Still, Murdoch’s competitors are bound to fret, and lobby. While not likely to derail the deal, they could get the FCC and Dept. of Justice to impose conditions. The merger gives News Corp. a package unrivaled by any of its competitors — a giant broadcast TV business alongside a massive pay TV service. Current regs forbid owners of TV stations to own cable systems, and vice versa, but there is no similar restriction on holding stations and satellites. Wall Streeters and industry players agree that the combination, paired with Fox’s content and News Corp.’s international satellite assets, is a potent one.
Better customer service, new features and the wide breadth of programming a deep-pocketed News Corp. can provide are enough to make cable operators lose some sleep as they try to protect their markets from poaching by DBS
Asked if he thinks this merger gave him a leg up on the competition, Murdoch said, “I don’t see it,” insisting there’s no crossover between broadcast and satellite. “One is something we create, drive and promote and are entirely responsible for. Here we’re a carrier for the whole industry.”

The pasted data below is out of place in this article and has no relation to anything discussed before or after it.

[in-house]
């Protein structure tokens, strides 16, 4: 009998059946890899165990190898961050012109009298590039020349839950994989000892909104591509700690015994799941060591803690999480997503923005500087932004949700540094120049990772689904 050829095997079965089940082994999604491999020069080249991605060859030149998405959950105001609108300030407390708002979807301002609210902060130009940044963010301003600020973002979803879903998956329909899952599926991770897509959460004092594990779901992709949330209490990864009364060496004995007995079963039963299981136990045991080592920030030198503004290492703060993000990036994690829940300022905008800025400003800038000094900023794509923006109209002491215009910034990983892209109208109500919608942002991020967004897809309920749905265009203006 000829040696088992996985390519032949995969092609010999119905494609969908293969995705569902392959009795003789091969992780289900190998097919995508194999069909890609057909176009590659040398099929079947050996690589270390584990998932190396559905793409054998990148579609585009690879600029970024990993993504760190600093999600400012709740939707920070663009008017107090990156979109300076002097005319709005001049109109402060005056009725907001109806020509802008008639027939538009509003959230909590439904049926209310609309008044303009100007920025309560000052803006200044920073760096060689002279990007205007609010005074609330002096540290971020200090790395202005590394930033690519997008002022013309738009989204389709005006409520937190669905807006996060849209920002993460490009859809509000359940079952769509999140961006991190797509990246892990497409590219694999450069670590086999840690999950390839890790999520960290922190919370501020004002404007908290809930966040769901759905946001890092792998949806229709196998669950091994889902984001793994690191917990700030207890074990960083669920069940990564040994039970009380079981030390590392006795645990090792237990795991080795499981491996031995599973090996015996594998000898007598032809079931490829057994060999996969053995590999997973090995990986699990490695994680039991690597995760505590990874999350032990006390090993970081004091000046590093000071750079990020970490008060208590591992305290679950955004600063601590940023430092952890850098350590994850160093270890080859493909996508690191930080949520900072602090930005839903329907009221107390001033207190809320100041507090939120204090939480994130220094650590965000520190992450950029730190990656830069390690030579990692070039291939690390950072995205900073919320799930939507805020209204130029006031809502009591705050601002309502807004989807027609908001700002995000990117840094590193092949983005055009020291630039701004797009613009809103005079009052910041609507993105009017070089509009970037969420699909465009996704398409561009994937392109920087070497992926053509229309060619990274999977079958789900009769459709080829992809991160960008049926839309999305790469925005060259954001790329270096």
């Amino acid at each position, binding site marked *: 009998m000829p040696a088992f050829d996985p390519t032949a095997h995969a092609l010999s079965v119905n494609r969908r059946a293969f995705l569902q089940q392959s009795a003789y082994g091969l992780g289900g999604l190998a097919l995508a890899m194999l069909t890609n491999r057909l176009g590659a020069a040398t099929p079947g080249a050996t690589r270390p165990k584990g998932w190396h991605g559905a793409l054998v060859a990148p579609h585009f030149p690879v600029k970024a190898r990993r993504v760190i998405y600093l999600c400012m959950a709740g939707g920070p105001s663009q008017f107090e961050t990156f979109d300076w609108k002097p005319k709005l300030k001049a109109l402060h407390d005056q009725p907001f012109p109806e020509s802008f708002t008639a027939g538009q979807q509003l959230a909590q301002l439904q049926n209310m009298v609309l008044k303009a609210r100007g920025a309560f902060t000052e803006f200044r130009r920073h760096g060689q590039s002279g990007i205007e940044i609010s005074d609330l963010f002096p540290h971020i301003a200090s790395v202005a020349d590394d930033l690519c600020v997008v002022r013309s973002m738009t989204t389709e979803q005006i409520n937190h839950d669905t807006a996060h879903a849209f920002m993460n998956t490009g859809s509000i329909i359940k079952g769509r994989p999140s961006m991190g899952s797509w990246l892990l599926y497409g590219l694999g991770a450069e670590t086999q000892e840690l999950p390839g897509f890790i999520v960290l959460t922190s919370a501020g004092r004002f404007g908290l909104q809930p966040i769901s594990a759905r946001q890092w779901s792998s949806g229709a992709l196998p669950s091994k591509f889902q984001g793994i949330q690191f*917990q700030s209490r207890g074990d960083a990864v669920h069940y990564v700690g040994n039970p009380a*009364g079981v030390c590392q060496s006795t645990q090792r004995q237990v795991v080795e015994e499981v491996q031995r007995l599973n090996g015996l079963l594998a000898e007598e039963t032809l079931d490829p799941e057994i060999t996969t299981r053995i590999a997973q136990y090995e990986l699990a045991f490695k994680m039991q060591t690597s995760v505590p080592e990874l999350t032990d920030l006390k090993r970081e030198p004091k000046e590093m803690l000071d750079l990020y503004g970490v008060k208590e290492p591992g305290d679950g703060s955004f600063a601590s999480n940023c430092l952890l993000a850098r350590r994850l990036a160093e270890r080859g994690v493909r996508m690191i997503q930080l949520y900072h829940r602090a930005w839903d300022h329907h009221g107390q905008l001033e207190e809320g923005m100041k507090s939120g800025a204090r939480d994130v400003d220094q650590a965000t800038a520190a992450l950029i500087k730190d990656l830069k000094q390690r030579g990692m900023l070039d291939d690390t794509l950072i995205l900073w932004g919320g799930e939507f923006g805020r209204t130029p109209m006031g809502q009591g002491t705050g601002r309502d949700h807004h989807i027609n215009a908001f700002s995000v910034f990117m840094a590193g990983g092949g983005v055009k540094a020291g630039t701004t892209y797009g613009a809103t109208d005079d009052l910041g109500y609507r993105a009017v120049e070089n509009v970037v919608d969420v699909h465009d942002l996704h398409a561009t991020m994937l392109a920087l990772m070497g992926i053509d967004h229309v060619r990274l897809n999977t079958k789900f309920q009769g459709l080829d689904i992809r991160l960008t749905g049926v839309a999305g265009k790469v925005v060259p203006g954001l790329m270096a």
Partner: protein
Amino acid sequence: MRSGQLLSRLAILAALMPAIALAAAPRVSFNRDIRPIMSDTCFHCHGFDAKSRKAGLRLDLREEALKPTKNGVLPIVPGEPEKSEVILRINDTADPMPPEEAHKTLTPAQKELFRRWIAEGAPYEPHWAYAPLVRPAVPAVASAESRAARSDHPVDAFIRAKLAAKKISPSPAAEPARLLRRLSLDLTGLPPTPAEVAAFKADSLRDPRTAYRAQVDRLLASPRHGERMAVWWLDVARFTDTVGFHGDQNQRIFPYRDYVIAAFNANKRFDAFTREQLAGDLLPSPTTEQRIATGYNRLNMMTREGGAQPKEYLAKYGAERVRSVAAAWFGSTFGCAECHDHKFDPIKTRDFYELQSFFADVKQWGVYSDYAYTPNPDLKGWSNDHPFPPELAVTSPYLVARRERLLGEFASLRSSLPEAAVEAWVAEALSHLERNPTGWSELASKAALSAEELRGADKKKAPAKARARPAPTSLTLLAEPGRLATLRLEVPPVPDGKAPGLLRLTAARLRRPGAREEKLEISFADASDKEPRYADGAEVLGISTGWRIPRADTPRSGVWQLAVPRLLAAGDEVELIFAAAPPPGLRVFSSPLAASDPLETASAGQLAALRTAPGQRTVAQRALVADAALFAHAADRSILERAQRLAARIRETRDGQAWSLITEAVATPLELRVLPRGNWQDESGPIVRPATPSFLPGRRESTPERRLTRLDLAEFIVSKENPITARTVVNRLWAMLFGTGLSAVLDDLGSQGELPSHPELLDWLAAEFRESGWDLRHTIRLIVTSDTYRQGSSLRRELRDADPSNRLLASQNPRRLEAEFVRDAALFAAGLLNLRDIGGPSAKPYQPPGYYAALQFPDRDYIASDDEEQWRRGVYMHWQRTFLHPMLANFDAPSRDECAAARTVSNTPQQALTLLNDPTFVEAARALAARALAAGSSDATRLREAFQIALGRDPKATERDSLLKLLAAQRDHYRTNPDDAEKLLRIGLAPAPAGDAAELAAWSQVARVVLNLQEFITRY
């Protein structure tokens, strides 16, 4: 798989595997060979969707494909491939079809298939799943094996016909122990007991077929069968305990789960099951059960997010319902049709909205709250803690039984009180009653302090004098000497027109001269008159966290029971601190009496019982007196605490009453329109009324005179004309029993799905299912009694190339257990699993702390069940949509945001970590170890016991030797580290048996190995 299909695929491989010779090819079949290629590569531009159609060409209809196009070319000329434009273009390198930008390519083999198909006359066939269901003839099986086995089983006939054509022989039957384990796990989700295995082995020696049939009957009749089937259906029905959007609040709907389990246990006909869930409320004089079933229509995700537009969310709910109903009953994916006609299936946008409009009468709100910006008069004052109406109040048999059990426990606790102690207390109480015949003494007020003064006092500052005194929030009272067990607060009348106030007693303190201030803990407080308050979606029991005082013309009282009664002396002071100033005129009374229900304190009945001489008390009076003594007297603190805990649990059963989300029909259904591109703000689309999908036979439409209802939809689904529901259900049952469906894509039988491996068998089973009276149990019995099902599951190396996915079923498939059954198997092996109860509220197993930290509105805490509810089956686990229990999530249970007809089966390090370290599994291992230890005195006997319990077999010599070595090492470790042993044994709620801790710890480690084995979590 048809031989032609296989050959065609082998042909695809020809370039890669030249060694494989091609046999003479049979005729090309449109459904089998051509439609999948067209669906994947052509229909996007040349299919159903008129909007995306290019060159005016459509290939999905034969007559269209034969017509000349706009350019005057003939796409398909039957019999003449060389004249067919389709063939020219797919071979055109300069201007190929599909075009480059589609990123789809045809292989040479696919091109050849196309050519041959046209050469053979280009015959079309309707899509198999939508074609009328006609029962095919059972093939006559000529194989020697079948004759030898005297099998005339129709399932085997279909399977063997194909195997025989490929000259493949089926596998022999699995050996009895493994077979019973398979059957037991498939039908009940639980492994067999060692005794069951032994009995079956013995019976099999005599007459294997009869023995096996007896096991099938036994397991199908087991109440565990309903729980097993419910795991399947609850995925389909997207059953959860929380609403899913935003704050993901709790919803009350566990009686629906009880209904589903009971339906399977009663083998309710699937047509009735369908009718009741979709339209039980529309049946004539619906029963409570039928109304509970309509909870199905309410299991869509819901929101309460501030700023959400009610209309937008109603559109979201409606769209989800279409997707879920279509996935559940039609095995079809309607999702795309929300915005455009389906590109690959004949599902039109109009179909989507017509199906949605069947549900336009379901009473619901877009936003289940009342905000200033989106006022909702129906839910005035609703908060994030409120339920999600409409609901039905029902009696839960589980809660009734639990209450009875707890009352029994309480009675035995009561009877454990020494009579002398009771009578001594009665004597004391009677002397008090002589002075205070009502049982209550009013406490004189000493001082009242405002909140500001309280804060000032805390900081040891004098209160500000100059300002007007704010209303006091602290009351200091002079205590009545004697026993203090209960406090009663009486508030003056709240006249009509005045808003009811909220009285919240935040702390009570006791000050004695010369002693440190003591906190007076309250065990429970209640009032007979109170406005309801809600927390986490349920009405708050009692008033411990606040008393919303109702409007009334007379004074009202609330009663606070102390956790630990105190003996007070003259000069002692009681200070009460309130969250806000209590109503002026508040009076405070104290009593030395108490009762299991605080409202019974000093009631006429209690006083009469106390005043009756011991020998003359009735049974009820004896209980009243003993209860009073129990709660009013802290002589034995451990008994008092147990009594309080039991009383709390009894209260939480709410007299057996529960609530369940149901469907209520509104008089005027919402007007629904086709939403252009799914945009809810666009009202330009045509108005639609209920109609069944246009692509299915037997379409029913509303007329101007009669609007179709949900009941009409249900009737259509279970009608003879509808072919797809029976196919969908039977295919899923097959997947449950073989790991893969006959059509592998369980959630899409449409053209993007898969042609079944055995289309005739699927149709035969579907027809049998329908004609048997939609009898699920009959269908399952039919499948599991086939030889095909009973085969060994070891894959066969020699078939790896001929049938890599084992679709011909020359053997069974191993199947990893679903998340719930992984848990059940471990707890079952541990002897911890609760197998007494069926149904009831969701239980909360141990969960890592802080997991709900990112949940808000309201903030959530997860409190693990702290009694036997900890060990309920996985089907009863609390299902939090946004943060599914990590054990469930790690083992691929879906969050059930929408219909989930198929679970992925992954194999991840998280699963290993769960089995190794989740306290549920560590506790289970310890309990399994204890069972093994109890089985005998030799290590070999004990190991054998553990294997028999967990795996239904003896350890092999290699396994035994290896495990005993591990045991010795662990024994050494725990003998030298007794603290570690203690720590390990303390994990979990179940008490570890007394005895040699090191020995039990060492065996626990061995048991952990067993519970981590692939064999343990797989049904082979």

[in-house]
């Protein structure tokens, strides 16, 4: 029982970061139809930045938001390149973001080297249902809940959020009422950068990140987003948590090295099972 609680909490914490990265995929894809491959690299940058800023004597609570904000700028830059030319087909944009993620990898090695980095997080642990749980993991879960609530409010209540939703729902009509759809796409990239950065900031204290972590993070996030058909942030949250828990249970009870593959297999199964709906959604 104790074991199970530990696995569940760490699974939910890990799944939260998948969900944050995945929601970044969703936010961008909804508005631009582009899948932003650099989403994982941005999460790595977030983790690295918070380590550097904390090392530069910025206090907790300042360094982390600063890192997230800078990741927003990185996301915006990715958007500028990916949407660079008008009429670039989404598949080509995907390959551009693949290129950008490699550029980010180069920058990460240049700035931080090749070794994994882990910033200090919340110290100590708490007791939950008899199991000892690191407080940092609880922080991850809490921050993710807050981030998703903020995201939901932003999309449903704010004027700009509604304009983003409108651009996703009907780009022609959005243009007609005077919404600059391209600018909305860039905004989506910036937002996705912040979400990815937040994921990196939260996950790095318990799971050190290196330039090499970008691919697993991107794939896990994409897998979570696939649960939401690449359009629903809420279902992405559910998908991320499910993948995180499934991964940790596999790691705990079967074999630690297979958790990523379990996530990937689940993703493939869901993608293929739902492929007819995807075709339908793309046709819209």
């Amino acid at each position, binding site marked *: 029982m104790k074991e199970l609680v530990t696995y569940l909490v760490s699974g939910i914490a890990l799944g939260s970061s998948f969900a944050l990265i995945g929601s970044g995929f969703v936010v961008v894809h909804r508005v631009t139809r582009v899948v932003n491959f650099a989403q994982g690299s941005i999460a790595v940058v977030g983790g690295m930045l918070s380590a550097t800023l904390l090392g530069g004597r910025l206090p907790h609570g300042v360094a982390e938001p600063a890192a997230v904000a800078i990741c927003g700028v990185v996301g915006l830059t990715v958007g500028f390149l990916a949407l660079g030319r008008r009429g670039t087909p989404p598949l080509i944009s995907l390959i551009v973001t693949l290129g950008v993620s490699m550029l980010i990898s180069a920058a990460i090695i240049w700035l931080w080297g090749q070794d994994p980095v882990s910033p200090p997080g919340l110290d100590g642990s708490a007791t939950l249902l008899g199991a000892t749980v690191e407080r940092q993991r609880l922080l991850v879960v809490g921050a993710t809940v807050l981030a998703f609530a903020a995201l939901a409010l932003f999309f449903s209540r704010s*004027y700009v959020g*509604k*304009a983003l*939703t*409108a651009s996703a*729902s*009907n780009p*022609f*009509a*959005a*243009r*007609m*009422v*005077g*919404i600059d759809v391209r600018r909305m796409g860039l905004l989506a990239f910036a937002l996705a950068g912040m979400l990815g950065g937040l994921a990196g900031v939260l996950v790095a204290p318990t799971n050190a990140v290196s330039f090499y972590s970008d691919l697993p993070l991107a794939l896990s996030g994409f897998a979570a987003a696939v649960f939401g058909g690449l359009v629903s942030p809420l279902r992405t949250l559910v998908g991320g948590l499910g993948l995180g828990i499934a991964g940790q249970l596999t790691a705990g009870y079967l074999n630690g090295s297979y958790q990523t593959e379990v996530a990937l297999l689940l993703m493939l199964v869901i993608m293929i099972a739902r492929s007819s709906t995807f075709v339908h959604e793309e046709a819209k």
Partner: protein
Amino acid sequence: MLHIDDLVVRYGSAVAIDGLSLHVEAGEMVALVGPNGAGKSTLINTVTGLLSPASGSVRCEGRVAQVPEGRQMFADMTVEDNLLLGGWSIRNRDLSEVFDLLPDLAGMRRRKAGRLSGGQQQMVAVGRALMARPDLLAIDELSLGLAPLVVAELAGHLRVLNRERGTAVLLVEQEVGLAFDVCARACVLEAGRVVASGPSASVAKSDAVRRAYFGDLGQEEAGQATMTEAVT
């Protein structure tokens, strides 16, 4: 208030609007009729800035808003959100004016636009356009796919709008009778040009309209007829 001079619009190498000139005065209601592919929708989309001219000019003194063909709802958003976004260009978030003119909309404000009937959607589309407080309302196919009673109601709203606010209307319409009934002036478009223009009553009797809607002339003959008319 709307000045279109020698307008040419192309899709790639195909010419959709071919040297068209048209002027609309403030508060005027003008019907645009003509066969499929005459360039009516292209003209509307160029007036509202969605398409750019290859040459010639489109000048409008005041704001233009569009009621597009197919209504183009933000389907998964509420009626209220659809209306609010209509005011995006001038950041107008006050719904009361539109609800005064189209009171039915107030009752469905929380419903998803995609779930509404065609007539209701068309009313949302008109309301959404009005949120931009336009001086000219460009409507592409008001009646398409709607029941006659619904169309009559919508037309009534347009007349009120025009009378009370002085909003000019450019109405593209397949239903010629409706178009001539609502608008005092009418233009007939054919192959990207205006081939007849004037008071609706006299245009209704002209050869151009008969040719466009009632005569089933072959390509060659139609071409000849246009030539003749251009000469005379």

The fight for vertical integration represented by this deal “has been fought and won by AOL Time Warner and plenty of other companies in this country. So that bridge has been crossed,” he added. He said there would be regulatory issues in Latin America, where DirecTV and News Corp. both own satellite assets.
Attempting to allay fears that News Corp. would try to capture the entire U.S. satellite market, Murdoch said he doubts EchoStar chairman Charlie Ergen will try to sell out now that he’s beat. “I know Charlie well enough to know that he would be lost without EchoStar. He loves that business and he runs it very well, and I expect him to be a strong competitor.”
In the past, he’s had harsher words for Ergen, who snatched DirecTV in October of 2001 at the 11th hour after News Corp. and GM/Hughes had a deal in hand. That pact crumbed last fall when it failed to get approval by the FCC and DOJ.